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Musician’s Corner Part VII

Locrian mode is the last in the series of modes based off of the major scale. This will wrap up our analysis of these seven basic modes, but don’t worry; the conversation gets deeper from here. Using the information from the three relationships we will be able to transfer these modes and scales to different keys. We will also analyze chords and see how each mode matches up to a certain chord. First, let’s take a look at B Locrian.

B Locrian Scale

 

 

Continue reading Musician’s Corner Part VII

Musician’s Corner Part VI

I know it has been a few days since the last post. Sometimes life gets busy, but I haven’t forgotten about you. Let’s just say that I was giving you time to absorb everything up to this point.
Today’s scale is A Aeolian. This is a very important scale because this is the scale that opens up our parallel universe of minor keys. The Aeolian scale is known as the relative minor or the parent key. But before we open that can of worms let’s take a look at what it is and where it comes from.

A Aeolian Scale:

Derivation from C major:

Now, a look at the three relationships.

Relationship # 1

The formula for Aeolian:

Relationship #2, scale degree and interval from the root:

The chart showing the derivation of intervals between each scale degree:

Relationship #3, relation to root of the key:

 

The third of a scale determines the basic major or minor sound, but the other degrees also have an influence over that sound. We have seen flatted thirds before in the Dorian and Phrygian scales, but in those cases there was one chord tone that pulled the ear away from feeling it completely as minor. In Dorian, the major 6th gives a hint of a major feeling. In the case of Phrygian the presence of the flat 2nd pulls the ear in another direction entirely. Even though it has the same 3rd, 6th and 7th as Aeolian, that flat 2nd is enough to change the feeling of the scale.
Aeolian has the requisite 3rd, 6th, and 7th degrees plus the major 2nd degree that yields the natural minor sound our ears are accustomed to hearing. In fact Aeolian is also known as the Natural Minor or Pure Minor scale. When it comes time to take a look at how chords structures are created in minor keys the Aeolian scale is going to be our new parent scale. This is the point where your ability to view the scales as entities in and of themselves simultaneously with their relation to the parent key becomes crucial. Once we start analyzing minor chords we will relate them to their parent minor key and their relative major key. Don’t worry, it will become clearer later on.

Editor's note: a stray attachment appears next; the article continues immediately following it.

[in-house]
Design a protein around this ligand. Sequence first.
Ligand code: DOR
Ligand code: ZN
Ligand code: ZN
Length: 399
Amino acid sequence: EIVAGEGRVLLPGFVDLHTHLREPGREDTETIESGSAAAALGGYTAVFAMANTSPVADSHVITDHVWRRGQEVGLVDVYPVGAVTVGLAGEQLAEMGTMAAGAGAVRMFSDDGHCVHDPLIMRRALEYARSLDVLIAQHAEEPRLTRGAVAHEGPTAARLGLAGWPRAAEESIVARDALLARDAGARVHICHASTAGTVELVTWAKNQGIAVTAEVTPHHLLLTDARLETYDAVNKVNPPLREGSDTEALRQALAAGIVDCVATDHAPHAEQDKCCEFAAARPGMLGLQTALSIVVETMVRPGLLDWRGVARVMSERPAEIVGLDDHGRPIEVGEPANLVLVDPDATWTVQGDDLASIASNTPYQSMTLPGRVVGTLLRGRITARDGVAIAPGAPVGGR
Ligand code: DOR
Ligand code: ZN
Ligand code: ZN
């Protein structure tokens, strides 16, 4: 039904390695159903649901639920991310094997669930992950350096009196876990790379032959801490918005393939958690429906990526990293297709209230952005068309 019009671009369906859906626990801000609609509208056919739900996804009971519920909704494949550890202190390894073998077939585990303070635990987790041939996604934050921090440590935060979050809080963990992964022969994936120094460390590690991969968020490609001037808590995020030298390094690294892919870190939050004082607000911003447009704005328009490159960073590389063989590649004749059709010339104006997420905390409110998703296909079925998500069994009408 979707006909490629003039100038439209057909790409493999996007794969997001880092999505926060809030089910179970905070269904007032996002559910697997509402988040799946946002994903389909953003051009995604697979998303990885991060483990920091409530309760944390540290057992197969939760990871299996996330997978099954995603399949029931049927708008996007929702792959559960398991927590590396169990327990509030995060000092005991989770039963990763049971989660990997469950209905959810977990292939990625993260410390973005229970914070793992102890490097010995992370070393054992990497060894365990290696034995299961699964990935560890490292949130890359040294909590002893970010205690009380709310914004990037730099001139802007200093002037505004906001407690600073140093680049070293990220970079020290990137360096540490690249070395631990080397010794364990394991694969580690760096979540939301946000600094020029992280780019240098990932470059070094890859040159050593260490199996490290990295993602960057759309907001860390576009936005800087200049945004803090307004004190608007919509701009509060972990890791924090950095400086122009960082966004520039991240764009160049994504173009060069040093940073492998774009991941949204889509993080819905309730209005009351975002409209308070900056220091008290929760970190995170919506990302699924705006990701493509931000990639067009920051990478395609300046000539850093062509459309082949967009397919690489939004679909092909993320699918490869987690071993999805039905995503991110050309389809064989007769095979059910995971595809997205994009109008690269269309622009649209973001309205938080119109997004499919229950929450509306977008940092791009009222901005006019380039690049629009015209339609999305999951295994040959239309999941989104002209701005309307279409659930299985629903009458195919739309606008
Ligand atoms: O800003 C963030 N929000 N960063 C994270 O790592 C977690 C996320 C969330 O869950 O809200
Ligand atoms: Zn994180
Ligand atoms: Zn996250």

So you can see why minor concepts can be more confusing that major concepts. There is only one major scale. When someone tells you to play the major scale you know exactly which notes are intended. But when someone asks you to play a minor scale, there are several choices as well as different names that can get confusing. Just Aeolian can be referred to as Aeolian, relative minor, natural minor, or pure minor. On top of that, there are more types of minor scales that we will cover later.
The next post will cover Locrian mode and will wrap up our discussion of the basic modes. After that we will derive the naturally occurring chords in a major key. Once we have accomplished this we will come back to this Aeolian scale and derive the naturally occurring chords in a minor key. So if you only really grasp one mode that you make it this one!

Read the Chapter VII

Musician’s Corner Part V

By now you should be familiar with the 3 different relationships I am stressing concerning the modes. Let’s jump right into to examining G Mixolydian.

Here is the scale:

 

Derivation from C major:

 

Relationship #1

 

This gives us the formula for G Mixolydian:

 

Relationship #2, scale degree and interval from the root:

 

Again, here is the chart showing the derivation of intervals between each scale degree:

 

Relationship #3, relation to root of the key:

 

(Click on image to enlarge)

The next discussion will be of A Aeolian. Aeolian mode is going to open up a whole new can of worms. Until then, enjoy Mixolydian.

Read the Chapter VI

Musician’s Corner IV

Today’s Musician’s Corner entry will discuss F Lydian. By this point you should be familiar with the three different relationships that we are discussing. If you are not, please go back and review the prior Musician’s Corner posts.